Is Gerald Ford running for President on the NBC ticket? It certainly looks that way.
At a press conference here NBC news president Les Crystal took pains to emphasize that Ford's original agreement with the network was revised in December and that in effect carte blanche has become carte gray. Ford will no longer be permitted a commentator pose but will participate in a series of four presidential "memoir" shows along the lines of LBJ's chats with Walter Cronkite.
Lyndon Johnson wasn't running again, however, whereas Gerald Ford has anything but ruled out the posibility. Political savants say that at the very least Ford wants to keep Ronald Reagan from becoming the 1980 Republican nominee, and prominent exposure on prime time TV could be very handy to that little plan.
And Ford is getting paid a bundle by NBC to boot.
The financial details of the agreement were never made public. But a knowledgeable industry figure says Ford will get $500,000 per show, with probably a four-show maximum between now and election year.
A spokesman at Ford's Palm Springs headquarters says that figure is "way to high," but won't be any more specific.
Crystal said here that the minute Ford's hat topples into the ring the deal is kaput: "Part of our arrangement From B1 is that if he becomes an active candidate then the program or the arrangement is terminated."
But isn't Ford behaving like an active candidate already? "I don't think so," Crystal said. "He says he might like to be President someday, but I don't think he's behaving like an active candidate." How does an active candidate behave? "An active candidate says he is running for office. He is out on the hustings constantly."
As it happens, Ford has hardly been Mr. Shy-boots since he lost the election. The Ford spokesman says that Ford "has traveled more since leaving the White House than he did while he was President." In just under a year he's been to 27 states and logged 250,000 air miles. On Saturday, he'll be speaking to the National Association of Wholesale Distributors.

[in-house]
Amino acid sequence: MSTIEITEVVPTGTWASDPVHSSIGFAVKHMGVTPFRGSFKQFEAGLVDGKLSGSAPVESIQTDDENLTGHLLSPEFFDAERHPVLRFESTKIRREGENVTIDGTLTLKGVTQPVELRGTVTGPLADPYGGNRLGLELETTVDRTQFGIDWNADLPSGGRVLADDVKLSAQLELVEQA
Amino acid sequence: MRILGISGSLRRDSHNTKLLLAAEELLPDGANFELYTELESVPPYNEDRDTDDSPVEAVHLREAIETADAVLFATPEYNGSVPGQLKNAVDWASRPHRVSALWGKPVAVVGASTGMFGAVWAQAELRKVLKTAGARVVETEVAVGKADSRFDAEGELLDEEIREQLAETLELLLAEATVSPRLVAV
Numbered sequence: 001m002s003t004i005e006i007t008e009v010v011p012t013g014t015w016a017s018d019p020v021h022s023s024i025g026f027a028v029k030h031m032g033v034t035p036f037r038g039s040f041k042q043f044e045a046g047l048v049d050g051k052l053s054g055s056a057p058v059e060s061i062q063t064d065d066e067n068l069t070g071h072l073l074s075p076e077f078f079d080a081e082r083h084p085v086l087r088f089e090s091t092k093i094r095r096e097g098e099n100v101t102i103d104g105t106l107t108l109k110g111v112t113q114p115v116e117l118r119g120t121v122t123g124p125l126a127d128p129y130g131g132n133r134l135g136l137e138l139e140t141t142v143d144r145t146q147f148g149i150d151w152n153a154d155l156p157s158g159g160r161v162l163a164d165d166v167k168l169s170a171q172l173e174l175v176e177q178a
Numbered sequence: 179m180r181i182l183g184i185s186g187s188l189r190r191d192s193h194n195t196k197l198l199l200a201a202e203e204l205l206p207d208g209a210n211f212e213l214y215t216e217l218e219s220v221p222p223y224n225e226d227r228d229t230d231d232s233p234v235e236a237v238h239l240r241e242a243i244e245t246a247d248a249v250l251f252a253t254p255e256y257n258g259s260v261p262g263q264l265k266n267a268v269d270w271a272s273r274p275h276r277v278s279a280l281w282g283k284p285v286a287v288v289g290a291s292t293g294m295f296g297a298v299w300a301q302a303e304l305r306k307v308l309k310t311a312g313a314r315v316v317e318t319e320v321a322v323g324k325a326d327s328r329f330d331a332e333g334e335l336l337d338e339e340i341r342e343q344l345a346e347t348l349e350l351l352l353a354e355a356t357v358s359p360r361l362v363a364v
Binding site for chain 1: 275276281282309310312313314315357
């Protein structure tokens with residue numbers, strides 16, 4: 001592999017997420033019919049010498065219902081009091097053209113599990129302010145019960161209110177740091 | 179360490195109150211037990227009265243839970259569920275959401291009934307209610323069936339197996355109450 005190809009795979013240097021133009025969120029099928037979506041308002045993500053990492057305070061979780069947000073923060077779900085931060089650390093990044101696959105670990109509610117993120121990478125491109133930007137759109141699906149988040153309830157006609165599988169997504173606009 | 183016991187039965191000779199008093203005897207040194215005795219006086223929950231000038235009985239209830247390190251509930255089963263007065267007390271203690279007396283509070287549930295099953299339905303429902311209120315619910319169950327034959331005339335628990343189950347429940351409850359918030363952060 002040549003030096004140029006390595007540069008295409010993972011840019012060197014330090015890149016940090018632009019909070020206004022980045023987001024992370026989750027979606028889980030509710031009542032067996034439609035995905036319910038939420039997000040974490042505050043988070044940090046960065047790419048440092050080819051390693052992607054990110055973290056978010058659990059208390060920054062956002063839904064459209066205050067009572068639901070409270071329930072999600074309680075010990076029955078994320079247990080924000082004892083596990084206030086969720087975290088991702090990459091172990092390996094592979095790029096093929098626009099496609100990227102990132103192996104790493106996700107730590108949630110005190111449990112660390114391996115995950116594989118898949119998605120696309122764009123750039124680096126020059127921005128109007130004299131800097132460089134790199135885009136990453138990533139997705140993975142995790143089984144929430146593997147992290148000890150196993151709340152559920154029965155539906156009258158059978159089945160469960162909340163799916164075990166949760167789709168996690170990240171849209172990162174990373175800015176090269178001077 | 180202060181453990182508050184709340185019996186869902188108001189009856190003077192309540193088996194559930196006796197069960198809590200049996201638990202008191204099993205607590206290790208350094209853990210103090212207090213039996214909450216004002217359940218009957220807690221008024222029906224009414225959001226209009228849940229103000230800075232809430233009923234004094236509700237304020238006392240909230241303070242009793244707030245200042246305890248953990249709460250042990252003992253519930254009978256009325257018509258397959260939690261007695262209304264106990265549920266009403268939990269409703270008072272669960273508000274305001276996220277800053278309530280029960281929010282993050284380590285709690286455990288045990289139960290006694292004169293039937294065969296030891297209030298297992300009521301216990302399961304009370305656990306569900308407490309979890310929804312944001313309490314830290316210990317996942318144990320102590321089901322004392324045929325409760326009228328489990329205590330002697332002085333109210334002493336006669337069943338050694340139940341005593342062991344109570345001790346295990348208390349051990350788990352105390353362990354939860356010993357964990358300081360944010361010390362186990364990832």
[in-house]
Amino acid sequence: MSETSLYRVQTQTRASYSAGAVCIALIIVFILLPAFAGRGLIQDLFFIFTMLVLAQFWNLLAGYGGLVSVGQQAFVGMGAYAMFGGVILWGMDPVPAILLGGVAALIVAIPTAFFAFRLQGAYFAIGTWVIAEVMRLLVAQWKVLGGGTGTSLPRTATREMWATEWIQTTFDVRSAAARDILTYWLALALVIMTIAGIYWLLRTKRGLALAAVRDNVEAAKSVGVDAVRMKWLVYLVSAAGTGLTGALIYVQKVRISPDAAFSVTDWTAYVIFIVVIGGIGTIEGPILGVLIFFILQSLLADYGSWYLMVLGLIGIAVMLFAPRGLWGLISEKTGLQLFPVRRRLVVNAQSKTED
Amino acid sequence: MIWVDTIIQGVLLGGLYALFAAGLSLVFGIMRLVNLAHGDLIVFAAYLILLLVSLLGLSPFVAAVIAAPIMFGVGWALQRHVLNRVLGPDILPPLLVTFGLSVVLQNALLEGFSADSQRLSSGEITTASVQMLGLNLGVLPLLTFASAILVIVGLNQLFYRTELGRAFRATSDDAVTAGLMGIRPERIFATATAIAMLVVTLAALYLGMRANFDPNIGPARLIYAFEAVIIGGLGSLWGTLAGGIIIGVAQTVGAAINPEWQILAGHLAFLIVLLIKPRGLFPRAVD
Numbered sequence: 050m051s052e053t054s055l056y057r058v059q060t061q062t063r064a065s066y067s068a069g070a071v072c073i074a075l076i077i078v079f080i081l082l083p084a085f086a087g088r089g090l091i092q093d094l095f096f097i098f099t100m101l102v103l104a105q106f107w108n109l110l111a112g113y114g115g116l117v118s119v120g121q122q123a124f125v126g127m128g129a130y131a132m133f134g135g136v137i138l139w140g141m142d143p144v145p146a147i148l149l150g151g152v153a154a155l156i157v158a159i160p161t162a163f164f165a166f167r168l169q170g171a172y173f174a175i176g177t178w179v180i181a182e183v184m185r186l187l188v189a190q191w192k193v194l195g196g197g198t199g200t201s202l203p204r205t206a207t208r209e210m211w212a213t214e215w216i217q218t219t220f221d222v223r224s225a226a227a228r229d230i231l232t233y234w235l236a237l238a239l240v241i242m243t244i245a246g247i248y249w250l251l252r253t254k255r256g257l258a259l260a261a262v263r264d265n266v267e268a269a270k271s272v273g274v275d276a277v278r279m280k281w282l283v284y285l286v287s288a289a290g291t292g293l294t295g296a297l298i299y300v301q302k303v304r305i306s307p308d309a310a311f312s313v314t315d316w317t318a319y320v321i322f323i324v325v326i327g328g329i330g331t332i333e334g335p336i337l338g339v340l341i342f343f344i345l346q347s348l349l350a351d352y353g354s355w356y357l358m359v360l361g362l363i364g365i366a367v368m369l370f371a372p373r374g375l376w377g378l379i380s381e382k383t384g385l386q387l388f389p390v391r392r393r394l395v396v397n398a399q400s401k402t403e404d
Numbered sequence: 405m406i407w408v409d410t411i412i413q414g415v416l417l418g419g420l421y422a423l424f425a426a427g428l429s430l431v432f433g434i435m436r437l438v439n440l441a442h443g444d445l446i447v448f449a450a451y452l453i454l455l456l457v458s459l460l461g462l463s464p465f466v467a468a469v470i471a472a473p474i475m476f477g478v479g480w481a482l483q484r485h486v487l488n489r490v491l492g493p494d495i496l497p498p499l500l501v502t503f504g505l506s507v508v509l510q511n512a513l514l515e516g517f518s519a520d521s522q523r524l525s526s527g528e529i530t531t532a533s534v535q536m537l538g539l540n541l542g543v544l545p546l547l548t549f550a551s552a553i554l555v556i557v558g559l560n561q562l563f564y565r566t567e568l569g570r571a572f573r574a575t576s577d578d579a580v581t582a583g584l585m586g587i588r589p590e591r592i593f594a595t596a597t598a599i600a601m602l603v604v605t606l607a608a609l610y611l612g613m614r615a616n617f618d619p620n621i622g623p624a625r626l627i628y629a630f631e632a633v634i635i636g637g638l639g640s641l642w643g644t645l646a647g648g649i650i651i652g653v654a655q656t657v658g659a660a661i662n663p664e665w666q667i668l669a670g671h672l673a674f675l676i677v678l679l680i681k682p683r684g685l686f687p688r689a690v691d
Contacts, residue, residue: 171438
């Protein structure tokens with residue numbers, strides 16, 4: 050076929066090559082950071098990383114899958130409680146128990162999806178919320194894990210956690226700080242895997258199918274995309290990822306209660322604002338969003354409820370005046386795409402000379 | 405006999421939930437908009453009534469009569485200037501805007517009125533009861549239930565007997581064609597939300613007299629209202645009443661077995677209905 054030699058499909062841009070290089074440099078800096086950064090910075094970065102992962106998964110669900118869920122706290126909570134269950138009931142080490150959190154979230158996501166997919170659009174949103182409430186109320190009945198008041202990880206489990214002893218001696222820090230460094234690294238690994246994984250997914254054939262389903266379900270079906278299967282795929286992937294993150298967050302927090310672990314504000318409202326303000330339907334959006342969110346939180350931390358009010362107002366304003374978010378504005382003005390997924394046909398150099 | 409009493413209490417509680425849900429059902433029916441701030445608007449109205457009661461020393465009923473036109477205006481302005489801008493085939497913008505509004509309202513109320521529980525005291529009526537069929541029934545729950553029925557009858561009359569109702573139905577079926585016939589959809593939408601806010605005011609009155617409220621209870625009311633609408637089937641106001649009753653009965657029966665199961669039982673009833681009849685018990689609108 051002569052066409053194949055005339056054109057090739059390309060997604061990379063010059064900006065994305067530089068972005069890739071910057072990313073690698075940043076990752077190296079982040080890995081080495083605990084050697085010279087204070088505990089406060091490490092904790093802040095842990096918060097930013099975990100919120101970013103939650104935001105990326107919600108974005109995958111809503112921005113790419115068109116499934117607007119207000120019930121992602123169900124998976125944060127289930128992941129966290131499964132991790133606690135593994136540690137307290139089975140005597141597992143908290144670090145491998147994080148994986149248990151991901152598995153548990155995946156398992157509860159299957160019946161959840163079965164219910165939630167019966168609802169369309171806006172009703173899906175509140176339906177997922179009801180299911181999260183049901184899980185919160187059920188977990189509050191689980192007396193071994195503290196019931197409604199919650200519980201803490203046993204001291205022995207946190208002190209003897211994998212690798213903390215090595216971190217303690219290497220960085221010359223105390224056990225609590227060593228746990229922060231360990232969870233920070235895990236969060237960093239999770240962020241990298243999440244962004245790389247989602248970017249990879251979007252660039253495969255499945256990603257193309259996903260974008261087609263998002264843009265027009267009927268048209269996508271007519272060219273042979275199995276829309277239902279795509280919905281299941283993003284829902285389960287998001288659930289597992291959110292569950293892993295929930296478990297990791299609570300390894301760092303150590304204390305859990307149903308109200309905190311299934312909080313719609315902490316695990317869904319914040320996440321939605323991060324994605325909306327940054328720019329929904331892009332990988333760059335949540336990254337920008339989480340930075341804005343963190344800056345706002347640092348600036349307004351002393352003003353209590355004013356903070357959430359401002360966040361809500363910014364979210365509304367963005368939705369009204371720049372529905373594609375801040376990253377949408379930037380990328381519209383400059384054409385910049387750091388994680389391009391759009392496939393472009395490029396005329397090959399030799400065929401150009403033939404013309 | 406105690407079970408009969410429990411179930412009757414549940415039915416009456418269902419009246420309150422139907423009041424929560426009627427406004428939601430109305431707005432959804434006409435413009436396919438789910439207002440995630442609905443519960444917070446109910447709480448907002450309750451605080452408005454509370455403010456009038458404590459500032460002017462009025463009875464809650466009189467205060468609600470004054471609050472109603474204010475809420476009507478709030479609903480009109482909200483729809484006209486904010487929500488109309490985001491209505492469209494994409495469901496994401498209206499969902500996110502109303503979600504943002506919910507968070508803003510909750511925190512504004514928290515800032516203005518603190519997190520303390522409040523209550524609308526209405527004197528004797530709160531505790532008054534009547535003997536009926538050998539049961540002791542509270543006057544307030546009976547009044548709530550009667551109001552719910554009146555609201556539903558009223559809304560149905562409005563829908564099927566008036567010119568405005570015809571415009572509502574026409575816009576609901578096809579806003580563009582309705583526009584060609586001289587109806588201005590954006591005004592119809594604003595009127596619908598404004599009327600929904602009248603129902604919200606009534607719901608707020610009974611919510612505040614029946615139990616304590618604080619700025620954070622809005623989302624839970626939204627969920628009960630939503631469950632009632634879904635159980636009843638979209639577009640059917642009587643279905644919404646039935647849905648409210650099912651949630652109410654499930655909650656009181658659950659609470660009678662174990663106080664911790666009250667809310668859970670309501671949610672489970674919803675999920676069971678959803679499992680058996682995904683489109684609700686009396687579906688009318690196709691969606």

Ford has been cagey on the question of whether he will run again --which figures, since when he says yes the NBC deal, and presumably the money, will go up in smoke. On Dec. 22, Ford told a reporter half jokingly that "By 1980, I'll be too old to ski, but not to be President." Obviously it's the first half that's the joke.
Crystal says that an active candidate would be "out criticizing his opponents." On Nov. 21, Ford publicly chastised the Carter administration for the way it was handling Israeli-Arab peace negotiations.
Still, Crystal does not think Ford's prime-time exposure gives him an unfair political advantage. "In 1979, virtually on the eve of the 1980 campaign, his book will come out, and our memoir program that year will deal very specifically with Watergate and with the Nixon pardon," Crystal said. "There are many political analysts who think the pardon was his downfall in terms of getting reelected.
"So on the eve of the political year the whole Nixon-Watergate relationship will be opened up again and I don't think that presents any particular political advantage."
Of course, as in the case of the Nixon-Frost interviews, the Watergate shows will probably get great ratings and the others will do zilch. The Ford presidency was not a particularly thrilling era and it's doubtful Americans will eschew "Charlie's Angels" for a stroll down that memory lane.
In the Reagan camp, there is reluctance to speculate aloud on whether Ford will run again. Reagan says through a spokesman here that he "would not want to comment or be put in the position of second-guessing others or helping them make decisions."
Barry Jagoda, President Carter's television adviser, says, "All we know about ford is what he has said -- that he hasn't closed out his options."